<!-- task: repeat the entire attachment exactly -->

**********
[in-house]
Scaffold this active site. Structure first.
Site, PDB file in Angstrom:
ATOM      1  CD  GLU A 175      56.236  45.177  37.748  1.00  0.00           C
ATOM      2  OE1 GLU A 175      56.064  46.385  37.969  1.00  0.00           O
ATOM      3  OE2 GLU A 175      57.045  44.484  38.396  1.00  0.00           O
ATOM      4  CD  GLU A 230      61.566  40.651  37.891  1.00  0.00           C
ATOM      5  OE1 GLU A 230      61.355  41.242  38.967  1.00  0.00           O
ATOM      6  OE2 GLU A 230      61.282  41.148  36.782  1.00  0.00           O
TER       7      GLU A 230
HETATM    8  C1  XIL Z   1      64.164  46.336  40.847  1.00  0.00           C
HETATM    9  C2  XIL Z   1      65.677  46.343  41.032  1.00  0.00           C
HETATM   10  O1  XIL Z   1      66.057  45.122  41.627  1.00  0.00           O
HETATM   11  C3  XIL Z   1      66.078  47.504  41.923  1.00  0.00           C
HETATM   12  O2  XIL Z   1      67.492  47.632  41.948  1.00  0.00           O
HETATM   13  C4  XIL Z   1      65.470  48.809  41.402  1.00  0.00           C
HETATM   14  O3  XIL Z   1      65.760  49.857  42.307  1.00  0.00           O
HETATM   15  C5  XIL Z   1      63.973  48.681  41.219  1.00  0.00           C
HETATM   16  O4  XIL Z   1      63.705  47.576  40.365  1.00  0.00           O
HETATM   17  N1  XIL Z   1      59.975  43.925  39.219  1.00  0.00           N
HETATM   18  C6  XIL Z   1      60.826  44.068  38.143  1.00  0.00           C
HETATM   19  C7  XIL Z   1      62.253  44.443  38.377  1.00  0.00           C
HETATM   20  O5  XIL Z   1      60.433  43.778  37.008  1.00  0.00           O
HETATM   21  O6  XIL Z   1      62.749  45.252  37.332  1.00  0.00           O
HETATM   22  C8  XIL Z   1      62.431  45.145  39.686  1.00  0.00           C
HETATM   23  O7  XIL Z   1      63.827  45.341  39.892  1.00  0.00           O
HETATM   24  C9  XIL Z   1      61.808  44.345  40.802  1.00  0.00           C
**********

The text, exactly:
[in-house]
Scaffold this active site. Structure first.
Site, PDB file in Angstrom:
ATOM      1  CD  GLU A 175      56.236  45.177  37.748  1.00  0.00           C
ATOM      2  OE1 GLU A 175      56.064  46.385  37.969  1.00  0.00           O
ATOM      3  OE2 GLU A 175      57.045  44.484  38.396  1.00  0.00           O
ATOM      4  CD  GLU A 230      61.566  40.651  37.891  1.00  0.00           C
ATOM      5  OE1 GLU A 230      61.355  41.242  38.967  1.00  0.00           O
ATOM      6  OE2 GLU A 230      61.282  41.148  36.782  1.00  0.00           O
TER       7      GLU A 230
HETATM    8  C1  XIL Z   1      64.164  46.336  40.847  1.00  0.00           C
HETATM    9  C2  XIL Z   1      65.677  46.343  41.032  1.00  0.00           C
HETATM   10  O1  XIL Z   1      66.057  45.122  41.627  1.00  0.00           O
HETATM   11  C3  XIL Z   1      66.078  47.504  41.923  1.00  0.00           C
HETATM   12  O2  XIL Z   1      67.492  47.632  41.948  1.00  0.00           O
HETATM   13  C4  XIL Z   1      65.470  48.809  41.402  1.00  0.00           C
HETATM   14  O3  XIL Z   1      65.760  49.857  42.307  1.00  0.00           O
HETATM   15  C5  XIL Z   1      63.973  48.681  41.219  1.00  0.00           C
HETATM   16  O4  XIL Z   1      63.705  47.576  40.365  1.00  0.00           O
HETATM   17  N1  XIL Z   1      59.975  43.925  39.219  1.00  0.00           N
HETATM   18  C6  XIL Z   1      60.826  44.068  38.143  1.00  0.00           C
HETATM   19  C7  XIL Z   1      62.253  44.443  38.377  1.00  0.00           C
HETATM   20  O5  XIL Z   1      60.433  43.778  37.008  1.00  0.00           O
HETATM   21  O6  XIL Z   1      62.749  45.252  37.332  1.00  0.00           O
HETATM   22  C8  XIL Z   1      62.431  45.145  39.686  1.00  0.00           C
HETATM   23  O7  XIL Z   1      63.827  45.341  39.892  1.00  0.00           O
HETATM   24  C9  XIL Z   1      61.808  44.345  40.802  1.00  0.00           C